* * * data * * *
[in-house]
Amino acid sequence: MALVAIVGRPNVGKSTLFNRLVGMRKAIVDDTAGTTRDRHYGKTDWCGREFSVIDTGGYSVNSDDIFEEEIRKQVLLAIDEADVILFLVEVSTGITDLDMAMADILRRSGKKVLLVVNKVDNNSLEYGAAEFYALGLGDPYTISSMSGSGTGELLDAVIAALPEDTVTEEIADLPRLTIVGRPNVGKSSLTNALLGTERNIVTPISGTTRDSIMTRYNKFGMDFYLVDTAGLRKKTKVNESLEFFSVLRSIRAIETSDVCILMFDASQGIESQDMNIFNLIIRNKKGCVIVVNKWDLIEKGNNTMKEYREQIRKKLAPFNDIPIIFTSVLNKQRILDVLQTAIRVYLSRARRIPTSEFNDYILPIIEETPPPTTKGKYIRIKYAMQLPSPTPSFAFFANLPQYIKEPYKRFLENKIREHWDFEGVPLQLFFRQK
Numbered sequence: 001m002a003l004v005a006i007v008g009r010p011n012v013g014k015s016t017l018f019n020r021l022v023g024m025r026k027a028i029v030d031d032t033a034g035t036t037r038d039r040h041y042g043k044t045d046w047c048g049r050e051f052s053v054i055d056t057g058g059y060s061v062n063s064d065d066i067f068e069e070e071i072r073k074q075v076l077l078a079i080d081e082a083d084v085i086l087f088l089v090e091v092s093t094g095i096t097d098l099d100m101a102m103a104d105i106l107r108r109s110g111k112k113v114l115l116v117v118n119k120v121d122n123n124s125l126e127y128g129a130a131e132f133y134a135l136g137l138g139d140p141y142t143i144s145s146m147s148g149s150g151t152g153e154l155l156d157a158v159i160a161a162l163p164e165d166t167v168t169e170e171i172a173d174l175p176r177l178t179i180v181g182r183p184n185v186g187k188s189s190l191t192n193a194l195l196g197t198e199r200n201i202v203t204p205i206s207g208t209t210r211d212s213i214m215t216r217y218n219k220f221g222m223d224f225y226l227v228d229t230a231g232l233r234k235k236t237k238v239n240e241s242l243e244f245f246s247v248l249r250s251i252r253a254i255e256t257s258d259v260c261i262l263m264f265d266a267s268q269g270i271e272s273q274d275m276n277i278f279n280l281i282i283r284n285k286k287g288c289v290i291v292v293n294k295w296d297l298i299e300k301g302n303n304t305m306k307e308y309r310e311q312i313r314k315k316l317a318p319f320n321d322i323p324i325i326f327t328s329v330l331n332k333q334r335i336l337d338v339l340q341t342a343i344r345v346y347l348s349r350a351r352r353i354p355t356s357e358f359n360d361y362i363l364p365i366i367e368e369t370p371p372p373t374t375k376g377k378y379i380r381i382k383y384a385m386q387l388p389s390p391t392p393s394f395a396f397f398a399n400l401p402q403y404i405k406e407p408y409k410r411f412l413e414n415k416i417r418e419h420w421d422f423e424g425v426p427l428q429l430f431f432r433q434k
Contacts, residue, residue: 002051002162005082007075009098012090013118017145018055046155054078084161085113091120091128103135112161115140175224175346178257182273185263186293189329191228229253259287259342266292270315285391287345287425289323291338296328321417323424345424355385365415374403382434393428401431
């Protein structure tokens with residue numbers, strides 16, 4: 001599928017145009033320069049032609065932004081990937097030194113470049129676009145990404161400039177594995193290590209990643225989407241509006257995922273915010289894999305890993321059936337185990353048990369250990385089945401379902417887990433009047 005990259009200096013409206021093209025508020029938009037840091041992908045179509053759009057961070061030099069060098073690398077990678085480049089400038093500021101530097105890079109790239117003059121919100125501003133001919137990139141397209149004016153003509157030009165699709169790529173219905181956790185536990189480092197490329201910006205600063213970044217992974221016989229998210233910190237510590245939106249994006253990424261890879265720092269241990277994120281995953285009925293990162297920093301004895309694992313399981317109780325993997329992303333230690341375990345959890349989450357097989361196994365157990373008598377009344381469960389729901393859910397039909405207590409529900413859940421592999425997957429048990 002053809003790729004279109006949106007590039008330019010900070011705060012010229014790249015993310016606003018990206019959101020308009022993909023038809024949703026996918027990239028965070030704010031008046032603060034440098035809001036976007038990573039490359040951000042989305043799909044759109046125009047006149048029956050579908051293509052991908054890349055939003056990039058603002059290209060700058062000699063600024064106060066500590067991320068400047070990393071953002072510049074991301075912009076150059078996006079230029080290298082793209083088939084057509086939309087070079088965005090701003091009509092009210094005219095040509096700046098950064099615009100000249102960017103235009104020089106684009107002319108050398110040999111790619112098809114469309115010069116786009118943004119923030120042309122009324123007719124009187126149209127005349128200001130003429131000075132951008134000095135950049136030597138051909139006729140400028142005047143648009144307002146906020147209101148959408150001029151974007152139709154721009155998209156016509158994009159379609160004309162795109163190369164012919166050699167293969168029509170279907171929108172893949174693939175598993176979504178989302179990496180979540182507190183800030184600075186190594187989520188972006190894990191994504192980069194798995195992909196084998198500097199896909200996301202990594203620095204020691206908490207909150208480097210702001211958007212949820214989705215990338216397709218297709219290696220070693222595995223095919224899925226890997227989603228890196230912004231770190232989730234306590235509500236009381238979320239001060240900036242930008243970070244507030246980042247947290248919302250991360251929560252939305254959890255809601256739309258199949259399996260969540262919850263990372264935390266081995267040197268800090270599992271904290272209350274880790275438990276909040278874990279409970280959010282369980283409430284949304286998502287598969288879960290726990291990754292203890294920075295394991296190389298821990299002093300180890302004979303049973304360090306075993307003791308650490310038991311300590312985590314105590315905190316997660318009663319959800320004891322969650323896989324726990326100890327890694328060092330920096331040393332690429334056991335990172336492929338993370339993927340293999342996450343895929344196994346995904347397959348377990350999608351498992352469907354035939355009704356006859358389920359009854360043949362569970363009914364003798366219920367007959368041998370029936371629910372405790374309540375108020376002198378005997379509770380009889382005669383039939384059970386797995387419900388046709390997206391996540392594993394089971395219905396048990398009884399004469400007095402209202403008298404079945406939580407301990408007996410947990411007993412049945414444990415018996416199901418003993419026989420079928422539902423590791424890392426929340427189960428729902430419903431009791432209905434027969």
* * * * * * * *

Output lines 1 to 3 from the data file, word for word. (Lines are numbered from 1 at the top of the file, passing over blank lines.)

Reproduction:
[in-house]
Amino acid sequence: MALVAIVGRPNVGKSTLFNRLVGMRKAIVDDTAGTTRDRHYGKTDWCGREFSVIDTGGYSVNSDDIFEEEIRKQVLLAIDEADVILFLVEVSTGITDLDMAMADILRRSGKKVLLVVNKVDNNSLEYGAAEFYALGLGDPYTISSMSGSGTGELLDAVIAALPEDTVTEEIADLPRLTIVGRPNVGKSSLTNALLGTERNIVTPISGTTRDSIMTRYNKFGMDFYLVDTAGLRKKTKVNESLEFFSVLRSIRAIETSDVCILMFDASQGIESQDMNIFNLIIRNKKGCVIVVNKWDLIEKGNNTMKEYREQIRKKLAPFNDIPIIFTSVLNKQRILDVLQTAIRVYLSRARRIPTSEFNDYILPIIEETPPPTTKGKYIRIKYAMQLPSPTPSFAFFANLPQYIKEPYKRFLENKIREHWDFEGVPLQLFFRQK
Numbered sequence: 001m002a003l004v005a006i007v008g009r010p011n012v013g014k015s016t017l018f019n020r021l022v023g024m025r026k027a028i029v030d031d032t033a034g035t036t037r038d039r040h041y042g043k044t045d046w047c048g049r050e051f052s053v054i055d056t057g058g059y060s061v062n063s064d065d066i067f068e069e070e071i072r073k074q075v076l077l078a079i080d081e082a083d084v085i086l087f088l089v090e091v092s093t094g095i096t097d098l099d100m101a102m103a104d105i106l107r108r109s110g111k112k113v114l115l116v117v118n119k120v121d122n123n124s125l126e127y128g129a130a131e132f133y134a135l136g137l138g139d140p141y142t143i144s145s146m147s148g149s150g151t152g153e154l155l156d157a158v159i160a161a162l163p164e165d166t167v168t169e170e171i172a173d174l175p176r177l178t179i180v181g182r183p184n185v186g187k188s189s190l191t192n193a194l195l196g197t198e199r200n201i202v203t204p205i206s207g208t209t210r211d212s213i214m215t216r217y218n219k220f221g222m223d224f225y226l227v228d229t230a231g232l233r234k235k236t237k238v239n240e241s242l243e244f245f246s247v248l249r250s251i252r253a254i255e256t257s258d259v260c261i262l263m264f265d266a267s268q269g270i271e272s273q274d275m276n277i278f279n280l281i282i283r284n285k286k287g288c289v290i291v292v293n294k295w296d297l298i299e300k301g302n303n304t305m306k307e308y309r310e311q312i313r314k315k316l317a318p319f320n321d322i323p324i325i326f327t328s329v330l331n332k333q334r335i336l337d338v339l340q341t342a343i344r345v346y347l348s349r350a351r352r353i354p355t356s357e358f359n360d361y362i363l364p365i366i367e368e369t370p371p372p373t374t375k376g377k378y379i380r381i382k383y384a385m386q387l388p389s390p391t392p393s394f395a396f397f398a399n400l401p402q403y404i405k406e407p408y409k410r411f412l413e414n415k416i417r418e419h420w421d422f423e424g425v426p427l428q429l430f431f432r433q434k